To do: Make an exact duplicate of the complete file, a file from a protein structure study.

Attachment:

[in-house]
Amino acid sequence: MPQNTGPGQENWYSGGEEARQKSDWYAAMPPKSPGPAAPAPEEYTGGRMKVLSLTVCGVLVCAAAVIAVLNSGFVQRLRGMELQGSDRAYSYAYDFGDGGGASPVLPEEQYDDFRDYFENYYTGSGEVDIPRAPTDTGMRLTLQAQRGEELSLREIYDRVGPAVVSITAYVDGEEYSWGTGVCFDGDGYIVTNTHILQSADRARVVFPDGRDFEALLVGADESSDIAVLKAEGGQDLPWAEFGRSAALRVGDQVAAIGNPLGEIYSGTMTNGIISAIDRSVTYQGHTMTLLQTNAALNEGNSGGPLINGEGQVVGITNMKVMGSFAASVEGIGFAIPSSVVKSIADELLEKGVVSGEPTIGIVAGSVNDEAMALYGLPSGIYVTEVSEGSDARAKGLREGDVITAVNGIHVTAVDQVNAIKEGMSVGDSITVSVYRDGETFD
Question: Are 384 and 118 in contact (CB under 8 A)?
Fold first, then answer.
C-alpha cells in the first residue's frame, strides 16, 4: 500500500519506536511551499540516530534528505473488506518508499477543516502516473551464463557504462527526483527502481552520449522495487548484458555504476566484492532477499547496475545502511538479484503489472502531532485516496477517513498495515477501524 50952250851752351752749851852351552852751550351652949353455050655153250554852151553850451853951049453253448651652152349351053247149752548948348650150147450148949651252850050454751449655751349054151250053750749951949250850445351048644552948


[in-house]
Amino acid sequence: MPQNTGPGQENWYSGGEEARQKSDWYAAMPPKSPGPAAPAPEEYTGGRMKVLSLTVCGVLVCAAAVIAVLNSGFVQRLRGMELQGSDRAYSYAYDFGDGGGASPVLPEEQYDDFRDYFENYYTGSGEVDIPRAPTDTGMRLTLQAQRGEELSLREIYDRVGPAVVSITAYVDGEEYSWGTGVCFDGDGYIVTNTHILQSADRARVVFPDGRDFEALLVGADESSDIAVLKAEGGQDLPWAEFGRSAALRVGDQVAAIGNPLGEIYSGTMTNGIISAIDRSVTYQGHTMTLLQTNAALNEGNSGGPLINGEGQVVGITNMKVMGSFAASVEGIGFAIPSSVVKSIADELLEKGVVSGEPTIGIVAGSVNDEAMALYGLPSGIYVTEVSEGSDARAKGLREGDVITAVNGIHVTAVDQVNAIKEGMSVGDSITVSVYRDGETFD
Question: Are 384 and 118 in contact (CB under 8 A)?
Fold first, then answer.
C-alpha cells in the first residue's frame, strides 16, 4: 500500500519506536511551499540516530534528505473488506518508499477543516502516473551464463557504462527526483527502481552520449522495487548484458555504476566484492532477499547496475545502511538479484503489472502531532485516496477517513498495515477501524 50952250851752351752749851852351552852751550351652949353455050655153250554852151553850451853951049453253448651652152349351053247149752548948348650150147450148949651252850050454751449655751349054151250053750749951949250850445351048644552948